Roy Lilley does get some of the great and the good to sit in the interviewing hot seat. And go live on Periscope (available for 24 hours after the event. And a recording is also made for FabNHS Stuff You Tube channel. So even if you weren’t there last night, you can watch if you wish, by clicking HERE). My views here are for those who still like to read instead! They are my views, and mine alone, so feel free to disagree with my opinionated take on these events.
The fun began before we began. “I’m not Chairman, they’ve spelt my name wrong, and I am early…and how are you Roy?”. So what is Niall’s position (pronounced ‘kneel’, in case you didn’t know). OK – he is Chief Executive and Registrar at the GMC. Since 2010. Until the end of 2016. And wouldn’t divulge what his plans are after that. “No plans really Roy. A few ideas, But nothing firm”. Yes Roy, it’s a chat here, not a job interview!
These chats are so useful to get the back story. Virtually every one of the people I have seen and heard have a very varied back-story. Those who haven’t do tend to be rather more stuck in their thinking, I feel? Many years ago, I remember Charles Handy (Management Guru) saying most people would have three careers – that is, completely different job avenues – if they stared work in 1990. The 40 year one company career is over. Just consider Niall’s c.v.
- Teacher – wanted a profession to fall back on…
- if real love, Journalism failed. It didn’t. He always wanted to write. Ended as editor of The Nursing Times – 90 000 copies sold a week…
- 2 days into Publishing Editor job – offered to become Medical Correspondent at BBC. Couldn’t refuse…
- Kings Fund, as Chief Exec (2004 to 2009), before the move to GMC
I felt like the journey had given him so many tools in his leadership bag. One interesting opinion from the mad pace of news correspondent life was the challenge of just being ‘on’ with very little reflection time. I think the same happens in most change situations. If we think about the level of tinkering or outright reformed changes of direction in our Health care system – how much reflection time is built in? We are constrtained by short-termism. And lack of money. Or badly planned spending. All beciase of lack of reflective thinking. We all need to step back, whether giving a piece to camera on the 10 o’clock news. Or planning how to turn a hospital deficit around….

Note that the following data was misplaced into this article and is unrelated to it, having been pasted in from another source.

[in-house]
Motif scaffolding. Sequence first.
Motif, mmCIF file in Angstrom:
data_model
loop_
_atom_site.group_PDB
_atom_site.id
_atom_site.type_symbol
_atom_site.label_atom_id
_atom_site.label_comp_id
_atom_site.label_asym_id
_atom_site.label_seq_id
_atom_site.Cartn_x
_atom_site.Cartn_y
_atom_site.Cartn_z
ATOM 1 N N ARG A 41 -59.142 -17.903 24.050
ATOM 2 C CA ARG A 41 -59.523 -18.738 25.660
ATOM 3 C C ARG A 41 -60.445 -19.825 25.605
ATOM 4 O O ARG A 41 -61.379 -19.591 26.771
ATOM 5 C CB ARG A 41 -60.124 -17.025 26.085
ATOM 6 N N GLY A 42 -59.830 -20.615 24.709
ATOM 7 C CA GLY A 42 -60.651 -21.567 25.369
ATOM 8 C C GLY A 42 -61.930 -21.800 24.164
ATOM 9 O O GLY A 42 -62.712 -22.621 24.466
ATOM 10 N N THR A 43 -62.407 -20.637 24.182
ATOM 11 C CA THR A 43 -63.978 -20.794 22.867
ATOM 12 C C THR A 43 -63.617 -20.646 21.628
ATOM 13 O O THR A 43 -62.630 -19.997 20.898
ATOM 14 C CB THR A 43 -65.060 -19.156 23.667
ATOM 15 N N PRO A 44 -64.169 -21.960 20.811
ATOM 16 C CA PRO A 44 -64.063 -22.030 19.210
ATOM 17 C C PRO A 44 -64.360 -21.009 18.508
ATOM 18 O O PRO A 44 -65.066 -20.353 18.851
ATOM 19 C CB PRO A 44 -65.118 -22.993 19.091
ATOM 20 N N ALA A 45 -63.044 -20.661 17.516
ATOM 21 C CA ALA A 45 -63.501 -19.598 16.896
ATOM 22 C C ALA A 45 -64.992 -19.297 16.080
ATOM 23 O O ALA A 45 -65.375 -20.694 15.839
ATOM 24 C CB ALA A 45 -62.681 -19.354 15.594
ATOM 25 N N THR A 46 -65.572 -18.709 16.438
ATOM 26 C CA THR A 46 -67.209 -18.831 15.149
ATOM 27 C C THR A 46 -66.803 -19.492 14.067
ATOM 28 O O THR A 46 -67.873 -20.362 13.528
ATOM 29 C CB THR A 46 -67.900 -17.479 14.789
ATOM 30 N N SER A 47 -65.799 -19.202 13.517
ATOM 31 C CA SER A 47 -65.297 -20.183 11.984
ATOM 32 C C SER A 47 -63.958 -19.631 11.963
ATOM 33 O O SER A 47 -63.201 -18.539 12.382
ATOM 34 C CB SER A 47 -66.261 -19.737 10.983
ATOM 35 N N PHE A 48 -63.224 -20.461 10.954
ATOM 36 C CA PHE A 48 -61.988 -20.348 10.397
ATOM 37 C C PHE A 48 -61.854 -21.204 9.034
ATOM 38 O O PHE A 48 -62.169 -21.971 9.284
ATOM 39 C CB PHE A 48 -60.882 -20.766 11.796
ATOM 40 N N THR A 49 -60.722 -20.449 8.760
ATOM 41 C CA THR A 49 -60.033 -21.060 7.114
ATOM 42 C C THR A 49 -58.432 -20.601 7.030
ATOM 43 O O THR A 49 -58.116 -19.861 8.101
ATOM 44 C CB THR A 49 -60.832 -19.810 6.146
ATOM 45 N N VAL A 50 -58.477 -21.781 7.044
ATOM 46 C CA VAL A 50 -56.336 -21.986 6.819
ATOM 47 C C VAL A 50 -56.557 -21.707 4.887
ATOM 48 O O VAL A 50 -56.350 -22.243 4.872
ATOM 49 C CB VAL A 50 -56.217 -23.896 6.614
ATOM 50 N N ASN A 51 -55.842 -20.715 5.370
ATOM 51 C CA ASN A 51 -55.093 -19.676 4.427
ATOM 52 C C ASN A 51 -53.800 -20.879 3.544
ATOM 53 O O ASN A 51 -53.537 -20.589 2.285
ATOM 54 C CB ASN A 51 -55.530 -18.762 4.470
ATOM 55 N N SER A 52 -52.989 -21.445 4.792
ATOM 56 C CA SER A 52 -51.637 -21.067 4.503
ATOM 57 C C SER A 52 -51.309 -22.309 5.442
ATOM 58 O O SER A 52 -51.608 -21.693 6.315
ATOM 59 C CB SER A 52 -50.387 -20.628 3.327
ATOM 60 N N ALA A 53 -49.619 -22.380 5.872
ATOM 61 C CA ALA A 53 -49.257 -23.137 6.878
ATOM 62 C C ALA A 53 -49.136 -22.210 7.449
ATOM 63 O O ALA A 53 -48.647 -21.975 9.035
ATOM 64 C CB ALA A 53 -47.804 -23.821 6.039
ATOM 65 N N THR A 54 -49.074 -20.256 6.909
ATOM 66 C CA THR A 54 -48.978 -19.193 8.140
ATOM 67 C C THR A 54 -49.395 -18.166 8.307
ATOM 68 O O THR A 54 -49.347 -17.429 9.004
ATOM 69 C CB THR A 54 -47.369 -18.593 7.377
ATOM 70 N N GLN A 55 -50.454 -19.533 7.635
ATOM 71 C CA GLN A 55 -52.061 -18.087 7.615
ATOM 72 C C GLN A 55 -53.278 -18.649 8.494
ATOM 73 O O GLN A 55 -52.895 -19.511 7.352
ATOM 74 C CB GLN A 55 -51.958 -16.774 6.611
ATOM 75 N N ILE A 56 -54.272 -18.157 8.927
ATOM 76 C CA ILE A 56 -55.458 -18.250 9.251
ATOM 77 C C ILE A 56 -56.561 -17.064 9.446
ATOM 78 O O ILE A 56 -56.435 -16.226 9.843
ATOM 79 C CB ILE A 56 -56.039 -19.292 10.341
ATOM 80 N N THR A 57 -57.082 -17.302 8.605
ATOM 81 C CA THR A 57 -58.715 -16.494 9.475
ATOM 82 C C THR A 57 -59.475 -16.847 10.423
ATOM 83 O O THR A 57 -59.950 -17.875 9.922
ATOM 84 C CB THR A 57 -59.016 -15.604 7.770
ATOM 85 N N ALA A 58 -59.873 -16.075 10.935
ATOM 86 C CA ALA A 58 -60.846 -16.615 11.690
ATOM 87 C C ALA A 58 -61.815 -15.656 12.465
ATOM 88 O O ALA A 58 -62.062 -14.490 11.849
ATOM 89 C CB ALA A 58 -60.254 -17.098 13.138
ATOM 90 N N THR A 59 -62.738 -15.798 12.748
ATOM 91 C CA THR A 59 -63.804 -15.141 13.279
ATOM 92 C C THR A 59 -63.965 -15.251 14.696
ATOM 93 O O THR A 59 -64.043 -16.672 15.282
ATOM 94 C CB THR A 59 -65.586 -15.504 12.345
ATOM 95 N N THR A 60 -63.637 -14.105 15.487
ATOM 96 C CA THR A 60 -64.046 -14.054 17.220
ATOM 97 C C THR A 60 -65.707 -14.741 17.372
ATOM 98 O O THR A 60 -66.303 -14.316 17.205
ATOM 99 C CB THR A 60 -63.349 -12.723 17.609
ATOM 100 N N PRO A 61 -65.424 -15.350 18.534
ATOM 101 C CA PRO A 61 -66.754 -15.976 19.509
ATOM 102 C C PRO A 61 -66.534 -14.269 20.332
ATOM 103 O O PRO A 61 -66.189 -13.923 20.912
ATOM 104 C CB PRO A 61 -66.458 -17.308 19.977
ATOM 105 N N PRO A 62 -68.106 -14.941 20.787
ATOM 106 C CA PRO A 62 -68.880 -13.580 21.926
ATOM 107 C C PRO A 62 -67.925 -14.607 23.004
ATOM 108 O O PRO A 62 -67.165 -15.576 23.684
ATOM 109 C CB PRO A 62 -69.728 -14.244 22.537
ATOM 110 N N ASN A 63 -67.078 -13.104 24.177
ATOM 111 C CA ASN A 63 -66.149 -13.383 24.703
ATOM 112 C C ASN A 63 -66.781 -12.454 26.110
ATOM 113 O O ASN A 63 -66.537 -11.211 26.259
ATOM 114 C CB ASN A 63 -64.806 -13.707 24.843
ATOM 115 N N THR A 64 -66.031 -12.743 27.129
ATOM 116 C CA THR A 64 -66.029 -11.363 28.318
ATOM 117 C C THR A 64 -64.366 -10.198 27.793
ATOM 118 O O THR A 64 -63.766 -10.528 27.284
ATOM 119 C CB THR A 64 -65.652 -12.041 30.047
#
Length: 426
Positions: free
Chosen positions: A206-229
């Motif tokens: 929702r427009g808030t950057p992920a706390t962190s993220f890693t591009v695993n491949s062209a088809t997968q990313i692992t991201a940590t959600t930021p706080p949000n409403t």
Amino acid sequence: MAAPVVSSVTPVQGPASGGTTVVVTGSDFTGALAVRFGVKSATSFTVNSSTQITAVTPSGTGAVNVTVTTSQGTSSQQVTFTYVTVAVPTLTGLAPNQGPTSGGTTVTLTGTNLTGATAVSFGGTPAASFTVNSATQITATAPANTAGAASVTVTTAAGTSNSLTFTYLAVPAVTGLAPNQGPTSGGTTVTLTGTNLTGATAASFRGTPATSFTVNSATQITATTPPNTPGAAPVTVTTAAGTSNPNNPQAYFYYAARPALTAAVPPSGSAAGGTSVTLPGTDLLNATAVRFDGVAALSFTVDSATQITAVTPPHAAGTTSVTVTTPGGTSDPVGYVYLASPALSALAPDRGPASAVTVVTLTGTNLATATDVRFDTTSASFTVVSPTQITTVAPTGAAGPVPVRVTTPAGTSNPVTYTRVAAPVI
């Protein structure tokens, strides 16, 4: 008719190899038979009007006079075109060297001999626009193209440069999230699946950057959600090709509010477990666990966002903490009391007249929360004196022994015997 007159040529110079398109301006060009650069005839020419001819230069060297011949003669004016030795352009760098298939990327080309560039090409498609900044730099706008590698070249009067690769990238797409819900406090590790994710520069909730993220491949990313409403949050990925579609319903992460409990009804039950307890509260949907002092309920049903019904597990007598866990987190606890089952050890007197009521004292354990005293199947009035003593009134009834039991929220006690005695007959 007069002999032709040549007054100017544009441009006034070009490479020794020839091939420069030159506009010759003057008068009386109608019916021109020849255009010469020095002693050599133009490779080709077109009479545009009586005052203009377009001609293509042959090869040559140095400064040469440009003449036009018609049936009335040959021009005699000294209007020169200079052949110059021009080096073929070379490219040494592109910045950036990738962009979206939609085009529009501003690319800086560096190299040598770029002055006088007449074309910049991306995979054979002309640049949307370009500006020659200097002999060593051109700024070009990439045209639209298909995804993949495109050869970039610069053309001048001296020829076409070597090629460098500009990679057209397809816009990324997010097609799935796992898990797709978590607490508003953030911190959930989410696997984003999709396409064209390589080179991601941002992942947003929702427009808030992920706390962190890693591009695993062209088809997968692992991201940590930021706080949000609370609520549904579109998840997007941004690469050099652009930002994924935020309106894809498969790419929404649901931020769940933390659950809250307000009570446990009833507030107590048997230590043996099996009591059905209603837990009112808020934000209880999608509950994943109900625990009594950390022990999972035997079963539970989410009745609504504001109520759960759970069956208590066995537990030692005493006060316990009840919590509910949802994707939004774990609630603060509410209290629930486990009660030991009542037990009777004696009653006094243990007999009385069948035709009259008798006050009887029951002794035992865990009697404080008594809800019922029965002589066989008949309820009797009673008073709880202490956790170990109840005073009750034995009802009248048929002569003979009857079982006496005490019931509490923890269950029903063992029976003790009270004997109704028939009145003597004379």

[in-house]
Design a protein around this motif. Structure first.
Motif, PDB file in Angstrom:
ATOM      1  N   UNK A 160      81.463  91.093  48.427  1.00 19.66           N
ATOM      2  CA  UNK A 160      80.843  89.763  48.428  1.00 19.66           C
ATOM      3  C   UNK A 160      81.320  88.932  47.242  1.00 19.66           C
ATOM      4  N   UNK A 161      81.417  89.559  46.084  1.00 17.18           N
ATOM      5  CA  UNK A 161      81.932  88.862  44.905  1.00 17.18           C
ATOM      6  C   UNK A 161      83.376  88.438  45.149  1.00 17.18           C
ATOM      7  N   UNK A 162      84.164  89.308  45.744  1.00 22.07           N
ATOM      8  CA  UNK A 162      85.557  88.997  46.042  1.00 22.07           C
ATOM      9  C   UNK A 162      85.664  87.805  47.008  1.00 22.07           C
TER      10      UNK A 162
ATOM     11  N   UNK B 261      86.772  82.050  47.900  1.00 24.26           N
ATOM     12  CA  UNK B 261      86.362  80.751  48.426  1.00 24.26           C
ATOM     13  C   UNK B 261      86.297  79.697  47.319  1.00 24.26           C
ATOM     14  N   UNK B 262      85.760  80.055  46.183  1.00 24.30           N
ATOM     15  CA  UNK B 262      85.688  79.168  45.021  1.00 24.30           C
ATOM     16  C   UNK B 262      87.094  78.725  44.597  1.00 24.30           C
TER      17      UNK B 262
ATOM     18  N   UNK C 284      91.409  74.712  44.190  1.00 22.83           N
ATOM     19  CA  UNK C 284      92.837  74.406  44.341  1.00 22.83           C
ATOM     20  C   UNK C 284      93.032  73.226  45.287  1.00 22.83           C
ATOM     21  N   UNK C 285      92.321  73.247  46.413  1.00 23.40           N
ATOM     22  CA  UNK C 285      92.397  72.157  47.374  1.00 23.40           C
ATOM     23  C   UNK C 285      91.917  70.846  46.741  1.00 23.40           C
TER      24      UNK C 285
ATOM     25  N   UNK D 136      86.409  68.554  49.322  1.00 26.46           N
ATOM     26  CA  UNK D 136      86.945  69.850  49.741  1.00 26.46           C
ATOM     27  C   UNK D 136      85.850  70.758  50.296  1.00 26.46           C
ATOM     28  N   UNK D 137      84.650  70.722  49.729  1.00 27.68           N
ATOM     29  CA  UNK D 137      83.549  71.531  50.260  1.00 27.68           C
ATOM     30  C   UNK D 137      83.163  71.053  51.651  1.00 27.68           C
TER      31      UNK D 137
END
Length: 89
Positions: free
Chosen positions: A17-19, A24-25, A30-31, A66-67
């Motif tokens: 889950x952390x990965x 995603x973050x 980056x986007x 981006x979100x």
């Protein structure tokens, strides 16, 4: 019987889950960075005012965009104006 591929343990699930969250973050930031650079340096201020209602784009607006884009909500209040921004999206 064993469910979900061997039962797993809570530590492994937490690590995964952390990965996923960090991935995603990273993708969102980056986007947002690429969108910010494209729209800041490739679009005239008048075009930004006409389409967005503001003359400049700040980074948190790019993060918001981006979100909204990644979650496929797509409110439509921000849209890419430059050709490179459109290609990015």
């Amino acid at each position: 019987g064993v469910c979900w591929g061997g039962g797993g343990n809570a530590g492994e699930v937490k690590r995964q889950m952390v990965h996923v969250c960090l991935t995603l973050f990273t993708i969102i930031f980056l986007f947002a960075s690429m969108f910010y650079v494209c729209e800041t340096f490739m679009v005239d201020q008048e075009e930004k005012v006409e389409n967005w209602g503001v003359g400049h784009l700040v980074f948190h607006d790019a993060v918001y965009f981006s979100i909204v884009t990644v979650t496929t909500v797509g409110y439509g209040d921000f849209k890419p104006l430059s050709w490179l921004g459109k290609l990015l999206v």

“If you just pour more oil in, and you haven’t fixed the engine, then you will spill some” (This doesn’t sound like a criticism of increasing spending from 7% GDP in 2007 to 11.3% – the European Average – in 2009 under Blair – but you can see the power of the analogy?)
“The enemy of all the great ideas for change is time” (I may steal that one!)
“Changing culture is really difficult” (Amen to that).
“The English only have one religion and it’s the NHS” (Quoted Nigel Lawson, now most famous for being Nigella’s dad, rather than ex chancellor, climate change denier and less).
It did get a bit feisty. I think Roy was attempting to get an unguarded moment. So, questions about think tanks not thinking, the letter from GMC to Junior Doctors about not striking, (but, naturally, that wasn’t quite what I said), and where do we draw the line between social and health care. And what about the Social Care Sector itself – becoming a basket case of inability to make profit?
The cumbersome legal process and the time taken to investigate Fitness to Practice, was acknowledged by Niall as a problem. As was the use of weekend data at the centre of the JD dispute (in theory. I don’t feel we gained any new ideas from Niall – just mainly acknowledgement and maybe something should be done. I felt more politician, ambassadorial answers than open forthrightness. Maybe that absolutely goes with the territory and the role? Maybe that’s what he misses, and will look for in the next role?
So, should we abolish Professional Regulation? Now, another quotable answer: “The last person to do that was General Pinochet in Chile…”. Yes, experience and depth do matter in senior leaders. The GMC is supportive of high standards and good practitioners, I feel. Having a confidential help line, whilst morale is so low, is a useful innovation. 2000 docs have used it already. The GMC is almost bound to be hidebound, and slow and sure? But at least they do have the core value of improving practice. If it takes time, it takes time.